You are here

UKGovt

  • Author(s):

    Summary: 

    Sharia Watch are currently developing a response to this report, concentrating on sharia.

  • Country: 
    United Kingdom (UK)
    News Date: 
    17/12/2015
    Summary: 

    39.Both Sir John Jenkins and Charles Farr drew the following overarching conclusions from their work:

    - the Muslim Brotherhood have promoted a radical, transformative politics, at odds with a millennium of Islamic jurisprudence and statecraft, in which the reconstruction of individual identity is the first step towards a revolutionary challenge to established states and a secularised if socially conservative order;

  • Country: 
    United Kingdom (UK)
    News Date: 
    28/06/2019
    Summary: 

    A teenager who planned to carry out a terrorist outrage in London using a hunting knife, or else use the knife to steal a Rolex to fund his travel to Syria has been sentenced to five years in prison today (28 June). He was prosecuted by the CPS Counter Terrorism Division who said Ahmed had viewed violent propaganda videos to prepare for an attack. The videos included a Daesh-produced film he downloaded in June 2017 showing how to carry out a so-called “lone wolf” attack.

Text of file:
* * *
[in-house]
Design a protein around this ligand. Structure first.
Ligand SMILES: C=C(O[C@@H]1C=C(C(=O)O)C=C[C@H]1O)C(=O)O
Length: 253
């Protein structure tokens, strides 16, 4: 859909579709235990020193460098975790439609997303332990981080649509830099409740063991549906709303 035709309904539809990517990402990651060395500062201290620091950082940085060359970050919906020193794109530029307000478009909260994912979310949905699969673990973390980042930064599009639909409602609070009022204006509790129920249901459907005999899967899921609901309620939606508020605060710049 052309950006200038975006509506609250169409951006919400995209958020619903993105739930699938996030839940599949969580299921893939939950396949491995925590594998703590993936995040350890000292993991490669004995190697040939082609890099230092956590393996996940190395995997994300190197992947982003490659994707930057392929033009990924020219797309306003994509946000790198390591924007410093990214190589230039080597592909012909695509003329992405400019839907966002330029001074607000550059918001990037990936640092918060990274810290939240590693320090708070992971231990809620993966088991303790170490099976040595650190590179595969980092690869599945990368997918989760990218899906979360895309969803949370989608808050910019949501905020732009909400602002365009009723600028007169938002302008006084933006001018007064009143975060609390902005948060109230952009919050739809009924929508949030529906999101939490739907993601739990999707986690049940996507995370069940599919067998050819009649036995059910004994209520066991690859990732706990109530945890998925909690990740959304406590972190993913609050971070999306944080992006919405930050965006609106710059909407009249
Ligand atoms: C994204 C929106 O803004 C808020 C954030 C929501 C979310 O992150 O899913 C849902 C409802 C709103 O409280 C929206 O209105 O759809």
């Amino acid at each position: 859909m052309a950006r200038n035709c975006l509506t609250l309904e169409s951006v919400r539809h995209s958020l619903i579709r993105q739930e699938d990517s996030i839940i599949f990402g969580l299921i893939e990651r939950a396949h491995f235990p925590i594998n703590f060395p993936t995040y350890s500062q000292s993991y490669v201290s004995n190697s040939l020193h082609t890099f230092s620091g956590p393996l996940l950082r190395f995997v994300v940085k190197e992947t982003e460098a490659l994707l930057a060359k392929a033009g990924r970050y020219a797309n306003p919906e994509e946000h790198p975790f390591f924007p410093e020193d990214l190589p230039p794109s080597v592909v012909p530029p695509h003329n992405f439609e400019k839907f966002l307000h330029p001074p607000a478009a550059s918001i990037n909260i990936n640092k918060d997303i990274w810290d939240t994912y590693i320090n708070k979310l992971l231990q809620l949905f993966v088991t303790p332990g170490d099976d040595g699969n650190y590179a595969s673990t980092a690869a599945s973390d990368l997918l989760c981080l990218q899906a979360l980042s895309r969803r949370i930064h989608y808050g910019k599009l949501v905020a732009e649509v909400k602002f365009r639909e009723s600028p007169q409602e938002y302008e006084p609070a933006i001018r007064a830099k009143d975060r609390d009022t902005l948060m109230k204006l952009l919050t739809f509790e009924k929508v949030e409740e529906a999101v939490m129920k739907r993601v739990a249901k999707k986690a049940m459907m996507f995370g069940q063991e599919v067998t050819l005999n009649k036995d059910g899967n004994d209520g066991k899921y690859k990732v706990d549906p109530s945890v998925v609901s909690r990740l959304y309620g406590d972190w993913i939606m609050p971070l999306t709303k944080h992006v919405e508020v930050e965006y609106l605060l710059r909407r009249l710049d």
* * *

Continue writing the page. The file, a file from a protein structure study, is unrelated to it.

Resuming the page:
• Country: 
    United Kingdom (UK)
    News Date: 
    30/04/2019
    Summary: 

    There is widespread evidence showing that “today, Christians constitute by far the most widely persecuted religion.” Finding once again that Christianity is the most persecuted religion in the world, the Pew Research Center concluded that in 2016 Christians were targeted in 144 countries

  • Author(s):

    Summary: 

    Independent review by Professor Mona Siddiqui and a review panel of experts into the application of sharia law in England and Wales by sharia councils.

    Admin: The independence and methodology of this review has been seriously questioned.